The crisis of Corona-era private daycares

In these challenging times, public discourse has been very centered on finding ways to lighten the economic burdens of as many people as possible. Yet, in a society trained to think of private and semi- private daycare as a luxury, it seems that this particular brand of business owner and its consumers are being overlooked in a fashion that is quite shocking considering the vitality of this service.

In Israel, before the age of five, even municipality or state- controlled educational public institutions usually require a significant monetary contribution. The choice of many parents then, is to go the extra mile and pay a little more buck for much more bang. The issue with this is that there no clear line of demarcation between state involvement and the business’s day to day function, excluding government supervision for safety reasons.

All of this creates a reality where in this era of restrictions and the financial difficulties that follow, private daycare owners, and by default, the many parents who choose to send their children to private daycares and their children, fall into no clear category.

During this crisis, the little information that has been disclosed by the government and the Ministry of Health up to this point has been largely unreliable. They have displayed a shocking lack of transparency in most areas, many of which have already been identified by the public with attempts to force improvement, but this is one which so far has gone largely undiscussed. It has come to the point where we must ask ourselves, when this country emerges from the throes of this virus, will the majority of parents still have daycares to which to send their children, or will they have all folded under a crippling economic burden and an unsatisfactory to non- existent exit plan?

For Sima Aharon, the owner and manager of four private daycares in the Baka area for infants ranging from three months to three years, the struggle that comes alongside the opaque status of “private daycare” has never had stakes so high. As she puts it, “We pay Maam, we pay Bituach Leumi, income tax, salaries, rent. We are completely independent in every way. But then the state comes and tells us, no, you are an educational institution. What does that even mean? That I must keep paying Arnona even though my place is closed? Ok, so they’re giving independent business owners 6,000 NIS, which I don’t even know if that includes us.”

Faced with refunds for parents for lack of services, in addition to all additional expenses, it is unclear if and how the business can survive any sort of exit strategy. If there is a gradual return to routine and the daycare faces quarantine, how can it stay open for an additional two weeks while paying sick days for an entire staff? How come the state hasn’t devised or publicized a contingency plan for this eventuality? Will we, the parents, end up having to pay these expenses if we want to end up with daycares at the end of all of this?!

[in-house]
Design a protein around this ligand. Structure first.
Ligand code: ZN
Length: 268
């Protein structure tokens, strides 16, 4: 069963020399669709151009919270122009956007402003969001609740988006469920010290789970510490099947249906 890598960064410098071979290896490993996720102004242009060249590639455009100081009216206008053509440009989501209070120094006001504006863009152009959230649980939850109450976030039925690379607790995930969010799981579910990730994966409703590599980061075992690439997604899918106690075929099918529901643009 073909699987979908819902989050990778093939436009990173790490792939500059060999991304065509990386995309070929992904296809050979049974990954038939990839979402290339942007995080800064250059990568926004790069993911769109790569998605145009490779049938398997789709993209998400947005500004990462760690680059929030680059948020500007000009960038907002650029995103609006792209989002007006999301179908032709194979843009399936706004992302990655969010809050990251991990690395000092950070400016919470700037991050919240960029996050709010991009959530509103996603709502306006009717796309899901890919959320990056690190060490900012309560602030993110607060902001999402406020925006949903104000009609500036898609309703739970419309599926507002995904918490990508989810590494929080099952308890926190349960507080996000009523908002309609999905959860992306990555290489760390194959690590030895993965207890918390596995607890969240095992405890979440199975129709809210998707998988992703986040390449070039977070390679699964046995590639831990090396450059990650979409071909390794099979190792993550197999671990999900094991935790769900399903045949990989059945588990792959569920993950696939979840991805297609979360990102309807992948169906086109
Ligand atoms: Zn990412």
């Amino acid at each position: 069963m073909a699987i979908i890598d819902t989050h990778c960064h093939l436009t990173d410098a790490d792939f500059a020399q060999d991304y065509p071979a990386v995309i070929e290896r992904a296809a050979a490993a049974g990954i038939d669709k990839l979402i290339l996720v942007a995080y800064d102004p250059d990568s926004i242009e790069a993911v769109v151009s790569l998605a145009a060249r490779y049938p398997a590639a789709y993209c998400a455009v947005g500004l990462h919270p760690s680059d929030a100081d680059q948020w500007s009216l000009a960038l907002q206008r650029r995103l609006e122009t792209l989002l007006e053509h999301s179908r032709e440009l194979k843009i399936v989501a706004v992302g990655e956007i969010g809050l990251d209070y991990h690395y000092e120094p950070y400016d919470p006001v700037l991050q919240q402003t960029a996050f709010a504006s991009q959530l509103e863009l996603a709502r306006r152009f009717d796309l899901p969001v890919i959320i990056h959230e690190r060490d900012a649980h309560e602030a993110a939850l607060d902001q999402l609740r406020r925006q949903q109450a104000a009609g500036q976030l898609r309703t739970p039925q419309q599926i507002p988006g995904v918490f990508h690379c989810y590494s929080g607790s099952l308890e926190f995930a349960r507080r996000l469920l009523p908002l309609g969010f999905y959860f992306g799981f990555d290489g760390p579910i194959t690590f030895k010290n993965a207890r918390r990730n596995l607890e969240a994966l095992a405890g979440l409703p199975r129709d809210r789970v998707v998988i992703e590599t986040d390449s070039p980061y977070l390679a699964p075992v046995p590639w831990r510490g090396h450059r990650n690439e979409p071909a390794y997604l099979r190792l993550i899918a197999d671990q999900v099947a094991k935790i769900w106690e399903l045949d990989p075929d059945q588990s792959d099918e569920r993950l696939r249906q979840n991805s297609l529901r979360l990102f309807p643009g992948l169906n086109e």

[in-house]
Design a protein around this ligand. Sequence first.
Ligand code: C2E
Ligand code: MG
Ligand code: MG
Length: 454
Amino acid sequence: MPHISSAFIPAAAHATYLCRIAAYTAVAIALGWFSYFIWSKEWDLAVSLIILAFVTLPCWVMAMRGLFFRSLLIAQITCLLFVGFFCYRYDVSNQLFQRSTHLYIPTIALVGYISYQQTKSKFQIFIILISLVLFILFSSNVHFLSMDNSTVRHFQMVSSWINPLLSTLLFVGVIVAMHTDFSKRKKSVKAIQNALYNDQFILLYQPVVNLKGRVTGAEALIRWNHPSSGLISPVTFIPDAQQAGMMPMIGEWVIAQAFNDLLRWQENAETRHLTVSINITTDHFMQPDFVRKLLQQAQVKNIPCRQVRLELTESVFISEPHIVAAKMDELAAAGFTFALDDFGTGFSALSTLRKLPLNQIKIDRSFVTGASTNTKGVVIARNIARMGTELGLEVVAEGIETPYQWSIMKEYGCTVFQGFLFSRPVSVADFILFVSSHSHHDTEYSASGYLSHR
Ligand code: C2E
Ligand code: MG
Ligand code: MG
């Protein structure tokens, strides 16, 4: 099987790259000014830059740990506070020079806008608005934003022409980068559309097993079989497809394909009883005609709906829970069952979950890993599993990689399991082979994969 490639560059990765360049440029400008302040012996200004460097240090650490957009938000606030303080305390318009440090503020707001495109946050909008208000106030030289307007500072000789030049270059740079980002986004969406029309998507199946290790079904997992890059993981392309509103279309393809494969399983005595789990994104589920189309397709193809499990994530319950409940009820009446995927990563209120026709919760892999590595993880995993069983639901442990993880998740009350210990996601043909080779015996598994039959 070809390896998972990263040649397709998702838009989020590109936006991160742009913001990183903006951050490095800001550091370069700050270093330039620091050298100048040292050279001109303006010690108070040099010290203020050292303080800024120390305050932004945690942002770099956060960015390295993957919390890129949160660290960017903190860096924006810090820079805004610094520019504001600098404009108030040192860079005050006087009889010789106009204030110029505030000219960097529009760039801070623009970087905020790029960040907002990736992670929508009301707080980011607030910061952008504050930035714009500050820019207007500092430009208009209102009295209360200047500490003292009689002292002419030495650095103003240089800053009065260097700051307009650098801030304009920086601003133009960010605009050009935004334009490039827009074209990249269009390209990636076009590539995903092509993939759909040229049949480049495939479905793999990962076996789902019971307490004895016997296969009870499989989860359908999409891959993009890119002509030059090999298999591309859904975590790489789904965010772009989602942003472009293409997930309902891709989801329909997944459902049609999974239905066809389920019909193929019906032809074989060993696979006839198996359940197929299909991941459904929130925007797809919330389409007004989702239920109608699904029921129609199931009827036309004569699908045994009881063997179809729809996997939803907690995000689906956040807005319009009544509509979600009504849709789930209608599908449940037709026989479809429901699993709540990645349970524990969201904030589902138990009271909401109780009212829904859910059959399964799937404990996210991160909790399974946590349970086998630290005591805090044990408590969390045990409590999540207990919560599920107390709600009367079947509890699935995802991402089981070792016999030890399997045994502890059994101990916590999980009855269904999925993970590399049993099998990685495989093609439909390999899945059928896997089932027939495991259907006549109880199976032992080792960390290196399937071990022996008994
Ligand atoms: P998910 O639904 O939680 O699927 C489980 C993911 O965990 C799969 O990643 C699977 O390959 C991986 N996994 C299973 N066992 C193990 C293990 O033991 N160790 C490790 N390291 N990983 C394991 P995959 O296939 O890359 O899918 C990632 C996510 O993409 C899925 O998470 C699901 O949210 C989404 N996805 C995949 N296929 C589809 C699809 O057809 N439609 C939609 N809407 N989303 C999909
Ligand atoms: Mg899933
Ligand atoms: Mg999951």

What is unbelievable is that this is actually being discussed as an option, with the Ministry of Finance suggesting that parents just end up paying more money, on top of the mortgage- rivaling monthly payments which we already pay these daycares. At a time when more than a quarter of the country is already receiving unemployment checks from the Ministry of Social Affairs, and countless others are either unemployed and ineligible for unemployment, or in the fast lane to unemployment.

These questions affect all parents in this country: when daycares are allowed to reopen, if they are only able to accept a limited number of children, how will they choose which children to keep at home? Will a daycare with 20 children have one day of daycare per week for groups of 4 children? What will the rest of us do? How can daycares continue to pay the same number of staff for smaller groups of children?

Most importantly, how come this issue isn’t at the forefront of public discourse, in a country where hardly a parent will not face this issue? Where we so pride ourselves on our core family values, in this country whose narrative so emphasizes the growth of the Israeli family? We may scarcely have any daycares left when this is over, and we need to start talking about these issues. The government needs to address these questions. Fast.

About the Author
Born to a French mother and American father, Batya came to Israel at a young age. Upon graduating high school in Israel, she spent her military service in the IDF's Foreign Press Branch. She now studies International Relations and Political Science (B.A.) at the Hebrew University of Jerusalem and lives in Jerusalem with her beautiful daughter.
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